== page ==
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Beverly Hills School District's Naming-For-Sponsorship Scheme is Predictably Disastrous

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The Beverly Hills Unified School District may seem flush with cash (they always manage to find money to fight the Purple Line subway), but that doesn't mean they don't still look for crafty ways to bridge those budget shortfalls that all public schools face. It's adopted a system that allows donors to give large sums of money in exchange for having their names put on things (like you might find at a college), and has "a menu of buildings, courtyards, auditoriums, even trees, for sale," says the LA Times. So, for example, for $50,000 your name can be slapped on the school cafeteria or the teacher's lounge. Looking for a more economical donation? For anywhere from $1,000 to $5,000 ("depending on its size and location"), a tree can be named in your honor. Basically all campus locations, from the front lawn of the high school ($2.5 million) to the playground at the elementary school ($150,000) to a planetarium ($500,000) can carry your name, if you've got the cash.

The district's not picky, either: just look at the high school basketball court that, for $200,000, was named for Sam Nazarian, the hotelier who recently lost control of his SLS Las Vegas hotel after an investigation by the Nevada Gaming Board revealed he was giving millions to a convicted money launderer. (He also failed the investigators' drug test and admitting to recently snorting coke.)

But strangely enough, that's not the donor causing some Beverly Hillsians to reexamine the way that the district accepts donors' funds. A real estate agent and Beverly Hills public schools alum, Michael J. Libow, has his name on a high school math lab ($30,000), an atrium ($21,700), and a "playspace" ($23,000) at two different elementary schools, but when he donated $35,000 to name a courtyard at a third elementary school after himself, a fellow agent, Marty Halfon, whose kids go to Beverly Hills schools, cried foul. "The school board has allowed Michael Libow to have a private billboard on public property," complains Halfon.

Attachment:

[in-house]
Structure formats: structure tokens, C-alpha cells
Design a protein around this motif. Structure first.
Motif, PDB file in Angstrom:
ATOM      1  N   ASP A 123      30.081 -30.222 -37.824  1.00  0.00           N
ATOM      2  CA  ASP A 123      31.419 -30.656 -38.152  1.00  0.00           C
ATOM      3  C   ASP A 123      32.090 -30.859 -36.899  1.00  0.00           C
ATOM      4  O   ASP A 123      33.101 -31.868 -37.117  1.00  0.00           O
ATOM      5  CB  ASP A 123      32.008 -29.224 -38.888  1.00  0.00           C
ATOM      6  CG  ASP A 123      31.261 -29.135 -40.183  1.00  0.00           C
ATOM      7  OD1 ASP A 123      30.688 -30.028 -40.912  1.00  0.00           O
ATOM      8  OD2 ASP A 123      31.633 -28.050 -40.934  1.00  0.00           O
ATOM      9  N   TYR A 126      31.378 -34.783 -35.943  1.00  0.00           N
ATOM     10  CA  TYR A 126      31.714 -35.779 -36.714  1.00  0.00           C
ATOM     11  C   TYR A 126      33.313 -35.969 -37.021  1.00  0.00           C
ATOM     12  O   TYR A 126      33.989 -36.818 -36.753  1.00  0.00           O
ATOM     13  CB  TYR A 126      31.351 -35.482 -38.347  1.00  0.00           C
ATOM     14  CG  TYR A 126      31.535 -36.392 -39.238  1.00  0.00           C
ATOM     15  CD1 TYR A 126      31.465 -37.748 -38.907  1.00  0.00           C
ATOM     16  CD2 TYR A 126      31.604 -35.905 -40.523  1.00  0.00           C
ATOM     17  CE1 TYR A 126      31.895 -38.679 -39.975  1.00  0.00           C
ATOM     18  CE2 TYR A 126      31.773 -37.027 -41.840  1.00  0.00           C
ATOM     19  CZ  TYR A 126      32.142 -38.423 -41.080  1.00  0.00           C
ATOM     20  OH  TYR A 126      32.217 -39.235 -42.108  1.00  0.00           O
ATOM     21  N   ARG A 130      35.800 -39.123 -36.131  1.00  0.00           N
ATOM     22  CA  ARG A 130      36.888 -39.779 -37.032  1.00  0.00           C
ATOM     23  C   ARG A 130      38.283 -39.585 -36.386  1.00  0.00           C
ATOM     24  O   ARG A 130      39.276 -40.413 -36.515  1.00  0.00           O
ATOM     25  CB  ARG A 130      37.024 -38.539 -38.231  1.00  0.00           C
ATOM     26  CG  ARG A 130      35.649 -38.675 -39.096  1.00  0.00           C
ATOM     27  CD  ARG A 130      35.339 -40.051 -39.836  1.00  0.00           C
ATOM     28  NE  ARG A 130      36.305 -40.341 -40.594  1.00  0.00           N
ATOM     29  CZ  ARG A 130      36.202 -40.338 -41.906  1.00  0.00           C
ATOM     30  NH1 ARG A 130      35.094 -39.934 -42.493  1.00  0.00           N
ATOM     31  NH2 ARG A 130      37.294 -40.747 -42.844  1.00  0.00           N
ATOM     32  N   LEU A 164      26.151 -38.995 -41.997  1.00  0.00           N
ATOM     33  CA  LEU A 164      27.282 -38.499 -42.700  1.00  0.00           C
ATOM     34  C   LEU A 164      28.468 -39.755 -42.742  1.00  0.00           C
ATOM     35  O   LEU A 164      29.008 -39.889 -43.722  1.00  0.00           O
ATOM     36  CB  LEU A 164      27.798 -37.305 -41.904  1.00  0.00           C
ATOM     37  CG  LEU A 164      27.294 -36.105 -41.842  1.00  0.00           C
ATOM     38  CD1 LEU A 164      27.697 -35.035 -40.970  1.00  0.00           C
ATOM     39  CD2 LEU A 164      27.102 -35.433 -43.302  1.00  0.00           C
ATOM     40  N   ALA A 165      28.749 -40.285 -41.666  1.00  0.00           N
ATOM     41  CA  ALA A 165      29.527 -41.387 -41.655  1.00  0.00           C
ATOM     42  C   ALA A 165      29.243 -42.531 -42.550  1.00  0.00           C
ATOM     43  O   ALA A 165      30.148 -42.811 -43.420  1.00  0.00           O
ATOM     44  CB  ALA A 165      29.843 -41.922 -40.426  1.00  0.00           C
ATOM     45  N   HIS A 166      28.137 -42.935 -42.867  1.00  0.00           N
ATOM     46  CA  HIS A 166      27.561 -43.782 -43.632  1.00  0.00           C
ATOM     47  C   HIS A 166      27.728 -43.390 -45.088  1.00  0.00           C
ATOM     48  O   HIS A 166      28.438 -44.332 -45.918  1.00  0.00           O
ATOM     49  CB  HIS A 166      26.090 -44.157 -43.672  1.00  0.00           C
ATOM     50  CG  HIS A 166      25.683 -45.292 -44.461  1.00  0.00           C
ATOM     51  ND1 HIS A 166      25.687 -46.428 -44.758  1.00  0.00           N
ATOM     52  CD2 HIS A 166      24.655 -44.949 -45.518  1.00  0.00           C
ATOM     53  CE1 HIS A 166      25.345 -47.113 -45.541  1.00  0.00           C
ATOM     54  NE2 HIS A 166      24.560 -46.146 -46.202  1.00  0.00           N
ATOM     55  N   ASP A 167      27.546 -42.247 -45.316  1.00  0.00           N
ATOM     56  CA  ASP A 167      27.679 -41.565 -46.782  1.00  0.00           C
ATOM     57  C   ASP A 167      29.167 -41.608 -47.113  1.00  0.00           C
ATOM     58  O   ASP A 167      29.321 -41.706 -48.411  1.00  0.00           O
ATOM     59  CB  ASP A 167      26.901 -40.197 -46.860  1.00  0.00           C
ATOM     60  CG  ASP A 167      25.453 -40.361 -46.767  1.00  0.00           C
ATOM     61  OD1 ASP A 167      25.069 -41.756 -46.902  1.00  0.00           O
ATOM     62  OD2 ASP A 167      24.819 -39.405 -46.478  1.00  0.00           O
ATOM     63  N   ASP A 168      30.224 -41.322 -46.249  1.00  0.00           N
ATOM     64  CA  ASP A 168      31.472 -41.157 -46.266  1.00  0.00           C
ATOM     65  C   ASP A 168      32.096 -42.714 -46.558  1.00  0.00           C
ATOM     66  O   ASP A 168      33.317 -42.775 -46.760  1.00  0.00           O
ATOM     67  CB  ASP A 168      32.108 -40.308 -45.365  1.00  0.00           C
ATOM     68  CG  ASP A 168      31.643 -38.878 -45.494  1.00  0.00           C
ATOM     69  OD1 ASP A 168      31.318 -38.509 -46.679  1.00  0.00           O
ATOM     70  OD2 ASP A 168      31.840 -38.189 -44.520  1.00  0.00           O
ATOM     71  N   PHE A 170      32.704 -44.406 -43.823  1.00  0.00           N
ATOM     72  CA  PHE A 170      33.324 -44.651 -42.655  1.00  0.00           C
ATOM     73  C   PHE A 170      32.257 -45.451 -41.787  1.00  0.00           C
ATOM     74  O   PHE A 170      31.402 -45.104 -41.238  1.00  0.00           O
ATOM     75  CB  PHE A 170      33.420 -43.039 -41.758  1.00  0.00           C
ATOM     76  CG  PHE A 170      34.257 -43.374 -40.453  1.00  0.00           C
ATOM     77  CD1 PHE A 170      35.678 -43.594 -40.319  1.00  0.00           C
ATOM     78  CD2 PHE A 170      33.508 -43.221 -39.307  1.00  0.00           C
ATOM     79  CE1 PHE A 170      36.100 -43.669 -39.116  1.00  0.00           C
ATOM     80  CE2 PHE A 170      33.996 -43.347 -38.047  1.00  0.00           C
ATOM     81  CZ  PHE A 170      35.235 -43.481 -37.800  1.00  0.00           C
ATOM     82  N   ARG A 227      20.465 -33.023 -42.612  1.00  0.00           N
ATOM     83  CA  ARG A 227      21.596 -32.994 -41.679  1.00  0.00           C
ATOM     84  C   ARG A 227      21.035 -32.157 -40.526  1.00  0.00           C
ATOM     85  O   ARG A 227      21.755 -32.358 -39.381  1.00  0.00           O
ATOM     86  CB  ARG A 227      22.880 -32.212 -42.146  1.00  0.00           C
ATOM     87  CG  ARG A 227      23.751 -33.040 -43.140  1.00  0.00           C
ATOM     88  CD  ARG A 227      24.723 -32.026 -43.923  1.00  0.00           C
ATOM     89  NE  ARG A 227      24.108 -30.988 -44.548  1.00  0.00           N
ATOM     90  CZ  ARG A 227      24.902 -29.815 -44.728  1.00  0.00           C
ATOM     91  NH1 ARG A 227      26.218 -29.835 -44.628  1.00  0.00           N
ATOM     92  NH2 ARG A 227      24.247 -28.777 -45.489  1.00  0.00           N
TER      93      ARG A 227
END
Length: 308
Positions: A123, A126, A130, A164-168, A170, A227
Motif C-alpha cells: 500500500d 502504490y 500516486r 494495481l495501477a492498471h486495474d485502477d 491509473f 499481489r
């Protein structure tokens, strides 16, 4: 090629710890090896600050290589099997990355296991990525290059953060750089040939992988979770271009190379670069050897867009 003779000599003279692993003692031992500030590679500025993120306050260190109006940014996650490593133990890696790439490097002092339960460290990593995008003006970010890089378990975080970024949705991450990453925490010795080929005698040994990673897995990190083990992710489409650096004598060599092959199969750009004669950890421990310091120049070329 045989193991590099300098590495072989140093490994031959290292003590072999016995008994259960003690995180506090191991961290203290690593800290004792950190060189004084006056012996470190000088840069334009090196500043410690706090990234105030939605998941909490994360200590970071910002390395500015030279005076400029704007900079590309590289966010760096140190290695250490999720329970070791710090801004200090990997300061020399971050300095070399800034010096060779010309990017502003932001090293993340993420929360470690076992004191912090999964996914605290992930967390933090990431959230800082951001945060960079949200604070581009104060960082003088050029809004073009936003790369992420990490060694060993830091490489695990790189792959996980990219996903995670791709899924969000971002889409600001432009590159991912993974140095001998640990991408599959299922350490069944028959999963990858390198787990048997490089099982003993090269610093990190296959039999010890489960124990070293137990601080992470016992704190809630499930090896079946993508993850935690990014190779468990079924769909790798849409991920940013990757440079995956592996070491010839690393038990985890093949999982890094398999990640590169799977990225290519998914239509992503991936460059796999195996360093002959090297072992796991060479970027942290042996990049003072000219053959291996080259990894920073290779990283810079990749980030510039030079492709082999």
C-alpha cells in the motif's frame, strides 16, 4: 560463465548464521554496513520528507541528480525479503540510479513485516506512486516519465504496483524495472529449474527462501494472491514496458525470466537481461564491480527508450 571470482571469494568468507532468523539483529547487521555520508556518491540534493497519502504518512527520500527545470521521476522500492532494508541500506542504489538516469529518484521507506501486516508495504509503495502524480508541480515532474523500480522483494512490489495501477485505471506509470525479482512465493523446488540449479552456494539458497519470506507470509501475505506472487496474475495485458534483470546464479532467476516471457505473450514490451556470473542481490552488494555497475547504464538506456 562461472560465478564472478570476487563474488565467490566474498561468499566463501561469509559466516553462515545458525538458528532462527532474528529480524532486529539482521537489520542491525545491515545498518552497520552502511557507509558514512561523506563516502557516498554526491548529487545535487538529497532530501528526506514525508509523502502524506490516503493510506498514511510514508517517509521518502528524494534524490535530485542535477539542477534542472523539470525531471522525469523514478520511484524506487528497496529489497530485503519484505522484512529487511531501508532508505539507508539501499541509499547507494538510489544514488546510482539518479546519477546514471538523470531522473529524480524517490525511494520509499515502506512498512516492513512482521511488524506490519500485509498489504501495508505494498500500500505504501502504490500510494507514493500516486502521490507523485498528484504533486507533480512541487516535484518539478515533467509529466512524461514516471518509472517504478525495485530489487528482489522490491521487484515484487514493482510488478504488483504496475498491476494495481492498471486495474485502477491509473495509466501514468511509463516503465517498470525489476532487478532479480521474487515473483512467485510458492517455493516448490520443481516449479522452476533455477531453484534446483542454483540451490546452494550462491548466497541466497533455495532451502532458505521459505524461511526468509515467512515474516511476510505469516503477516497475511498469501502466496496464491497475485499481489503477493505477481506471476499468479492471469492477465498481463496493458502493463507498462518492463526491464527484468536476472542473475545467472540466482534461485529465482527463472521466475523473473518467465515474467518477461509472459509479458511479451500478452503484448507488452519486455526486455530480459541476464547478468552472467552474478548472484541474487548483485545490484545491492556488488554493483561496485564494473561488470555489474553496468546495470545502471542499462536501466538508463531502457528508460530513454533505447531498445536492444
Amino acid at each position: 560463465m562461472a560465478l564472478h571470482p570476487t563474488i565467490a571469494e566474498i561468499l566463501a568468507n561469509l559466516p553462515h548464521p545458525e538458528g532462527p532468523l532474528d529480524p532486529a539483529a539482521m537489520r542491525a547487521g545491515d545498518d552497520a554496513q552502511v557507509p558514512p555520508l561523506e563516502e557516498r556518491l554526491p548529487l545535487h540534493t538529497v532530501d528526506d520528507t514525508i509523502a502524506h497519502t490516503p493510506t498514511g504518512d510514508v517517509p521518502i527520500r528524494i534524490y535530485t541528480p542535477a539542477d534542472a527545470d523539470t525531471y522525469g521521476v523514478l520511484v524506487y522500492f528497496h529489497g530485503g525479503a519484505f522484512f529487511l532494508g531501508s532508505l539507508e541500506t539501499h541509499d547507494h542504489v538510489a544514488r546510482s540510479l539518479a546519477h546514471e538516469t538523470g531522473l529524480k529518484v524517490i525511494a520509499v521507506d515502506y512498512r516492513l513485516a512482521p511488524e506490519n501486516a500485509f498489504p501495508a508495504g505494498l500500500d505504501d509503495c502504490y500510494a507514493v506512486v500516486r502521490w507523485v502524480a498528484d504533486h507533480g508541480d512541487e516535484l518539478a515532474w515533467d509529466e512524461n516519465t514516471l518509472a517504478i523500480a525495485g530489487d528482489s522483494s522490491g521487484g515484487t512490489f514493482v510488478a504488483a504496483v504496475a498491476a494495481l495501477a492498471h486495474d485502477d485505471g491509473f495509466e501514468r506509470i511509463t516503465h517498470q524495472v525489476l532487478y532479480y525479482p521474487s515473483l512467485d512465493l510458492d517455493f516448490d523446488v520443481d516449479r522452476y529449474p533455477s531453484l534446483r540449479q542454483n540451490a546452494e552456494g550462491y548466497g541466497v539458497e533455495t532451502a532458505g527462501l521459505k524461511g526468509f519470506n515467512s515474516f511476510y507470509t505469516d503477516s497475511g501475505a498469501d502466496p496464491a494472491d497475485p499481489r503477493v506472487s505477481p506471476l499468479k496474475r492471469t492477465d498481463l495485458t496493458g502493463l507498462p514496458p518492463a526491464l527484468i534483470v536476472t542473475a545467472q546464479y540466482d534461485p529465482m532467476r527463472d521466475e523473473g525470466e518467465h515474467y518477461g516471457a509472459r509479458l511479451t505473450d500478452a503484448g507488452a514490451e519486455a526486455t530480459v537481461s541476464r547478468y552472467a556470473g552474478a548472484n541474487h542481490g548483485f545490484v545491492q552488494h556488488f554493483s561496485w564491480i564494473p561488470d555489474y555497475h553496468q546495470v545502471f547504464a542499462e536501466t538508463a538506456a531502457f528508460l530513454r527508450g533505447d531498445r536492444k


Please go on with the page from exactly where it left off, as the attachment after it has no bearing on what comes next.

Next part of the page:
Beyond that, Halfon says, $35,000 is too cheap a price for the courtyard considering that a playground costs $150,000. Halfon says that the district cut Libow a deal because he's well-connected, and that's not fair, and also he could totally do better: "Halfon said many of his former classmates at El Rodeo are from prominent families and could easily gather hundreds of thousands of dollars to name a building, for example, after one of their elementary school teachers." Additionally, Halfon has offered to pay $35,000 to have Libow's name taken off of the courtyard. Maybe he's also just stumbled onto a new and innovative way to encourage donations: pay to have the names of people you don't like removed from buildings.
· Along with his name on Beverly Hills campuses, donor buys controversy [LAT]
· Beverly Hills School Board Commissioned High School Kids to Make Anti-Subway Propaganda [Curbed LA]